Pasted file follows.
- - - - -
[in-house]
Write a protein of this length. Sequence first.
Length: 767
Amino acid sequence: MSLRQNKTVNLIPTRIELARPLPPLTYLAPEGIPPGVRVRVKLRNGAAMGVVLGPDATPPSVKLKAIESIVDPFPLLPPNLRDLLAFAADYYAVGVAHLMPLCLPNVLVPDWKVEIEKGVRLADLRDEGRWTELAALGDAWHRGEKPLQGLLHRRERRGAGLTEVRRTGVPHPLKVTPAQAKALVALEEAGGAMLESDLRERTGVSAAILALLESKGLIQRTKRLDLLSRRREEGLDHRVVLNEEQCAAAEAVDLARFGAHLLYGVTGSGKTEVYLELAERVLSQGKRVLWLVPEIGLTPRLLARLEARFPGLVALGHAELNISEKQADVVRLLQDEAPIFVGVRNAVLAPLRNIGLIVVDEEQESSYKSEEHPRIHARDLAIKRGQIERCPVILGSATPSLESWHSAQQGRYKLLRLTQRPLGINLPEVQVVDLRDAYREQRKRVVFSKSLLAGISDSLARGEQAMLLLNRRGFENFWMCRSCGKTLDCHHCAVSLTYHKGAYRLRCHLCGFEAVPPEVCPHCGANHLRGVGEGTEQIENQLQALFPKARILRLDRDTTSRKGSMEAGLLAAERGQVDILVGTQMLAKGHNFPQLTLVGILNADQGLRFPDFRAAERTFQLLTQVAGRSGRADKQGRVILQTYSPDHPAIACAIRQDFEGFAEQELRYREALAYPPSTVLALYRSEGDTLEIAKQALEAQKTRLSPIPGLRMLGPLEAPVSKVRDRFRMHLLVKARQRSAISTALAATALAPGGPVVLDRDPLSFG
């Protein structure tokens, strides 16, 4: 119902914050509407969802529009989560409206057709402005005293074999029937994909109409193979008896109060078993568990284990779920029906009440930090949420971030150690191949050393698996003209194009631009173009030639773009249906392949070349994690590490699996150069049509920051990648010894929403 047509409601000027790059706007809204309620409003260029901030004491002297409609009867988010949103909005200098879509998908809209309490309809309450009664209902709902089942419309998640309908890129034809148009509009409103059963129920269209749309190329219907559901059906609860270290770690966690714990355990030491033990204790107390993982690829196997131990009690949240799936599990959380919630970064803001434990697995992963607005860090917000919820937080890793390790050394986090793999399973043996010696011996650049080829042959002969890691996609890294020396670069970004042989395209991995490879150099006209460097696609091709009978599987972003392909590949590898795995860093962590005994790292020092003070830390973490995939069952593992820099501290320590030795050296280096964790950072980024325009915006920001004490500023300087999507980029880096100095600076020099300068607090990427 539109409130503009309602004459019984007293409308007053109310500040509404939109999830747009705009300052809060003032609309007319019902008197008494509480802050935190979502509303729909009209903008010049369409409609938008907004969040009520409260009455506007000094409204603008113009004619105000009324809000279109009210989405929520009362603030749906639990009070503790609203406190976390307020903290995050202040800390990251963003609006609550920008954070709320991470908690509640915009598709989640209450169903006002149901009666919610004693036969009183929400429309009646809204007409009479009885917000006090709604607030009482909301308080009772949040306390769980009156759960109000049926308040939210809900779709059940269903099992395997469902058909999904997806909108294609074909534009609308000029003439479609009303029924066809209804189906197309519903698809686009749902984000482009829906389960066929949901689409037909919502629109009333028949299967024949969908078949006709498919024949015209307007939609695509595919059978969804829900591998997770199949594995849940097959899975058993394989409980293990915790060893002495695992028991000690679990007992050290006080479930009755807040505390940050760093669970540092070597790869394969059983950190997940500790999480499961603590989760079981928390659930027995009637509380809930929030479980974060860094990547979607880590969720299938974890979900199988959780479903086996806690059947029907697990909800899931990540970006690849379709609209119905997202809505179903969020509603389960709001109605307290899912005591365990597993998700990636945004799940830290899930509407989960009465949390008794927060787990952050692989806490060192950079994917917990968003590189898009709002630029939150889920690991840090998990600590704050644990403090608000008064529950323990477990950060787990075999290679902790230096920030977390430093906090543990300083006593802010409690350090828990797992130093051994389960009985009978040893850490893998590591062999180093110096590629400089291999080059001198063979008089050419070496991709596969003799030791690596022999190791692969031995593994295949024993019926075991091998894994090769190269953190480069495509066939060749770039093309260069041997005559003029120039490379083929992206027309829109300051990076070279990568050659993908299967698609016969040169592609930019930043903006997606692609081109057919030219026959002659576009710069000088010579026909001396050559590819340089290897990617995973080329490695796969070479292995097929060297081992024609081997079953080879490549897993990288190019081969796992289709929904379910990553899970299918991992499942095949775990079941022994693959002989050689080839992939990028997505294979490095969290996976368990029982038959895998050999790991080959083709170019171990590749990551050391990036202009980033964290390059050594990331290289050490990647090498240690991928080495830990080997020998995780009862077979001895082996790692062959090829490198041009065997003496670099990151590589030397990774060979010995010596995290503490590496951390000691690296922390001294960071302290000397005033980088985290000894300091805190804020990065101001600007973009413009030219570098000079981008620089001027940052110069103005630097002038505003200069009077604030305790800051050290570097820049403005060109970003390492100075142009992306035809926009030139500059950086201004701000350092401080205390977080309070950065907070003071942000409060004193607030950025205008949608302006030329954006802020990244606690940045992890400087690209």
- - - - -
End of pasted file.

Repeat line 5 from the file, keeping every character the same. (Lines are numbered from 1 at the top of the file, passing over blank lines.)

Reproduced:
């Protein structure tokens, strides 16, 4: 119902914050509407969802529009989560409206057709402005005293074999029937994909109409193979008896109060078993568990284990779920029906009440930090949420971030150690191949050393698996003209194009631009173009030639773009249906392949070349994690590490699996150069049509920051990648010894929403 047509409601000027790059706007809204309620409003260029901030004491002297409609009867988010949103909005200098879509998908809209309490309809309450009664209902709902089942419309998640309908890129034809148009509009409103059963129920269209749309190329219907559901059906609860270290770690966690714990355990030491033990204790107390993982690829196997131990009690949240799936599990959380919630970064803001434990697995992963607005860090917000919820937080890793390790050394986090793999399973043996010696011996650049080829042959002969890691996609890294020396670069970004042989395209991995490879150099006209460097696609091709009978599987972003392909590949590898795995860093962590005994790292020092003070830390973490995939069952593992820099501290320590030795050296280096964790950072980024325009915006920001004490500023300087999507980029880096100095600076020099300068607090990427 539109409130503009309602004459019984007293409308007053109310500040509404939109999830747009705009300052809060003032609309007319019902008197008494509480802050935190979502509303729909009209903008010049369409409609938008907004969040009520409260009455506007000094409204603008113009004619105000009324809000279109009210989405929520009362603030749906639990009070503790609203406190976390307020903290995050202040800390990251963003609006609550920008954070709320991470908690509640915009598709989640209450169903006002149901009666919610004693036969009183929400429309009646809204007409009479009885917000006090709604607030009482909301308080009772949040306390769980009156759960109000049926308040939210809900779709059940269903099992395997469902058909999904997806909108294609074909534009609308000029003439479609009303029924066809209804189906197309519903698809686009749902984000482009829906389960066929949901689409037909919502629109009333028949299967024949969908078949006709498919024949015209307007939609695509595919059978969804829900591998997770199949594995849940097959899975058993394989409980293990915790060893002495695992028991000690679990007992050290006080479930009755807040505390940050760093669970540092070597790869394969059983950190997940500790999480499961603590989760079981928390659930027995009637509380809930929030479980974060860094990547979607880590969720299938974890979900199988959780479903086996806690059947029907697990909800899931990540970006690849379709609209119905997202809505179903969020509603389960709001109605307290899912005591365990597993998700990636945004799940830290899930509407989960009465949390008794927060787990952050692989806490060192950079994917917990968003590189898009709002630029939150889920690991840090998990600590704050644990403090608000008064529950323990477990950060787990075999290679902790230096920030977390430093906090543990300083006593802010409690350090828990797992130093051994389960009985009978040893850490893998590591062999180093110096590629400089291999080059001198063979008089050419070496991709596969003799030791690596022999190791692969031995593994295949024993019926075991091998894994090769190269953190480069495509066939060749770039093309260069041997005559003029120039490379083929992206027309829109300051990076070279990568050659993908299967698609016969040169592609930019930043903006997606692609081109057919030219026959002659576009710069000088010579026909001396050559590819340089290897990617995973080329490695796969070479292995097929060297081992024609081997079953080879490549897993990288190019081969796992289709929904379910990553899970299918991992499942095949775990079941022994693959002989050689080839992939990028997505294979490095969290996976368990029982038959895998050999790991080959083709170019171990590749990551050391990036202009980033964290390059050594990331290289050490990647090498240690991928080495830990080997020998995780009862077979001895082996790692062959090829490198041009065997003496670099990151590589030397990774060979010995010596995290503490590496951390000691690296922390001294960071302290000397005033980088985290000894300091805190804020990065101001600007973009413009030219570098000079981008620089001027940052110069103005630097002038505003200069009077604030305790800051050290570097820049403005060109970003390492100075142009992306035809926009030139500059950086201004701000350092401080205390977080309070950065907070003071942000409060004193607030950025205008949608302006030329954006802020990244606690940045992890400087690209």